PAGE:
Wide receiver Danny Amendola will be leaving the Patriots to sign with the Dolphins today when free agency officially begins.
Club exercises $9.3 million option to keep RT James.
Amendola, 32, spent the last five seasons with New England.
The Dolphins are signing two veteran wide receivers to replace the production of Jarvis Landry, who was traded to Cleveland last week.
After the Dolphins agreed to a four-year, $32 million deal with former Kansas City receiver Albert Wilson on Tuesday, longtime New England wide receiver Danny Amendola also decided to join Miami.
Meanwhile, free-agent place-kicker Cody Parkey is headed to the Chicago Bears.
One player who apparently is staying put is right tackle Ja’Wuan James. Miami exercised a $9.3 million team option on James for the 2018 season, and it appears he will play on that contract this year. James and left tackle Laremy Tunsil both posted messages on Instagram on Tuesday hinting that they will continue to play together.
The Dolphins will be able to rescind the option if James has recovered from the hamstring injury that ended his 2017 season in November. Coach Adam Gase indicated last month they were considering going that route.
The team still has until today at 4 p.m. to rescind James’ contract, which would make him an unrestricted free agent. There likely would be a strong market for him.
With Landry headed to Cleveland, the Dolphins were in the market for receivers.
The fact that Amendola, 32, was available was a bit of a surprise considering he’s twice taken less money to stay with New England. NFL Network reported that he will sign for two years, $12 million with $8.25 million guaranteed.
He caught 61 passes for 659 yards and two touchdowns with the Patriots last year.
One of his more memorable moments of the season, to Dolphins fans, was an altercation with Miami cornerback Bobby McCain when the teams met in November. McCain was ejected for appearing to throw a punch at Amendola after what he described as a lot of “extra stuff ” by Amendola like grabbing his neck and facemask.
Amendola is a nine-year veteran who broke into the league as an undrafted free agent out of Texas Tech in 2008. After a year-plus on practice squads in Dallas and Philadelphia, he got his chance with the Rams in ’09.
He’s had five seasons of at least 630 reciving yards and four of 60-plus catches. He was part of New England’s Super Bowl champion teams in 2014 and ’16.
Wilson, who played for Port St. Lucie High School, was signed out of Georgia State as an undrafted free agent. Only 5-foot-9, he has run a 4.43-second 40-yard dash and is strong for his size. Wilson has compared himself to former Panthers and Ravens wide receiver Steve Smith.
Wilson, who had 42 receptions for 554 yards and three TDs last season, once said former Miami Hurricane Devin Hester was his favorite player. Wilson’s quickness and versatility will give Gase myriad options in 2018.
Wilson was dubbed the Chiefs’ “Energizer Bunny” by former offensive coordinator Matt Nagy, according to the Kansas City Star. In one article, Nagy raved about Wilson’s blocking, route running and comfort with Kansas City’s schemes. Nagy said that Wilson “knows what he is doing,” which will certainly please Gase. Nagy added that Wilson has excellent hands and plays fast.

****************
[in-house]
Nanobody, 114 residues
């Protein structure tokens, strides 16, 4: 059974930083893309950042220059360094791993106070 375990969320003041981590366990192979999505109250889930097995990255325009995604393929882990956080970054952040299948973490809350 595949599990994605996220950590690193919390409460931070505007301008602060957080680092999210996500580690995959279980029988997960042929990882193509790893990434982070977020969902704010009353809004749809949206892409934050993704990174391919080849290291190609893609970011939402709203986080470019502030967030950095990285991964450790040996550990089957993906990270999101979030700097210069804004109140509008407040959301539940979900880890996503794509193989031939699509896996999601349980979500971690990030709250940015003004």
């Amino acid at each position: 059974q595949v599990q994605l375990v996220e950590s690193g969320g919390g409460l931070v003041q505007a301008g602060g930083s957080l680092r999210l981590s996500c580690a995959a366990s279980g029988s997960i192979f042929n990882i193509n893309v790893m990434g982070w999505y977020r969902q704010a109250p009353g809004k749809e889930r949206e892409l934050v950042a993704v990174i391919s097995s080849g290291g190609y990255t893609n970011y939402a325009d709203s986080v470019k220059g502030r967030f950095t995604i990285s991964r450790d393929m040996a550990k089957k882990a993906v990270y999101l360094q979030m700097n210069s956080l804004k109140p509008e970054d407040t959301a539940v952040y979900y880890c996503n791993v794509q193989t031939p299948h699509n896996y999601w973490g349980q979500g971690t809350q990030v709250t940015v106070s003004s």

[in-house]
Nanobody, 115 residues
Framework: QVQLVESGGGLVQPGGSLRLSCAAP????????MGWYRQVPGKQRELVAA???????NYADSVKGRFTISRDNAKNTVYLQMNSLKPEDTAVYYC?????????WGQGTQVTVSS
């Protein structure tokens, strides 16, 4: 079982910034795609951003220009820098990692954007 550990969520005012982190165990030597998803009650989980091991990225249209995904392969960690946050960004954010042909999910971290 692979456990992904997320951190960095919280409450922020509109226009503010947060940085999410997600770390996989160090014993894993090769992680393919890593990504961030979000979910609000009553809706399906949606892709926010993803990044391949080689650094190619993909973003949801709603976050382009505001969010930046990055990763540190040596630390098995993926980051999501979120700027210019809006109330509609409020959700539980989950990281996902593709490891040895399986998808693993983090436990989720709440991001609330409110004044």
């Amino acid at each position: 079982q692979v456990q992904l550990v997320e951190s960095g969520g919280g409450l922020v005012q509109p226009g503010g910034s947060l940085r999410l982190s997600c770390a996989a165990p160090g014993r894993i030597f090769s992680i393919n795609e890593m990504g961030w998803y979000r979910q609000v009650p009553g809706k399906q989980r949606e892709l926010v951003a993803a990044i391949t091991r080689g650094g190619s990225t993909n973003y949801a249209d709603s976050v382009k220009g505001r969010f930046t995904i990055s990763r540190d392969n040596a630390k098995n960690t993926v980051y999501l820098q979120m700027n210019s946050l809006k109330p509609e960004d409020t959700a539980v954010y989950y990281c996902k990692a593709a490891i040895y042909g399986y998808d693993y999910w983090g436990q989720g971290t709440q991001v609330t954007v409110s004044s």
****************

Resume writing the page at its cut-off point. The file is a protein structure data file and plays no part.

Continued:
The Dolphins now have their top four receivers in Kenny Stills, DeVante Parker, Wilson and Amendola. That leaves little room for backups Jakeem Grant, Leonte Carroo and Rashawn Scott to carve out playing time.
Grant still has value as a return man and showed flashes of potential as a receiver late last season with 10 catches for 188 yards and two touchdowns over the final four games.
Carroo’s spot is more tenuous. The Dolphins traded up to get him in the third round of the 2016 draft, but he has 10 catches in 28 games.
Parkey, from Jupiter, came to Miami a week before the start of last season and hit a 54-yard game-winner in his debut. That was just the beginning. He made 21 of 23 field-goal attempts, missing only from 48 and 50 yards, and became the first kicker in documented NFL history to convert four onside kicks in a season.
He was also at the center of the best kickoff coverage unit in the league, with Dolphins’ opponents getting an average starting field position at their own 23-yard line.
Miami is letting that talent walk out the door and will search for a kicker once again. Since the Dolphins cut Dan Carpenter in 2013, no kicker has lasted more than two seasons.
Parkey’s lone season in South Florida was a dream come true for a lifelong Dolphins fan. After his game-winner against the Chargers in the opener, he made the game-tying and game-winning field goals at Atlanta and a 39-yarder with 22 seconds left to beat the Jets.
Keeping James gives Miami three starters on the offensive line locked in for the upcoming season. In addition to him and Tunsil, the Dolphins have Mike Pouncey entrenched at center.
They have two guards in Jesse Davis and Ted Larsen, but the question now is whether they’re content to push ahead with this starting five. Larsen played left guard last season, but said he wanted to switch to right. Davis played both guard spots and right tackle.
The team said one objective this offseason was to determine where Davis fits best, and hanging on to James rules out right tackle.
The Dolphins still can consider alternatives at guard in free agency, though ex-Carolina guard Andrew Norwell agreed to a five-year, $66.5 million deal with the Jaguars on Tuesday morning.
Receiver Danny Amendola is leaving the Patriots as a free agent for the Dolphins. The nine-year veteran also played for the Rams.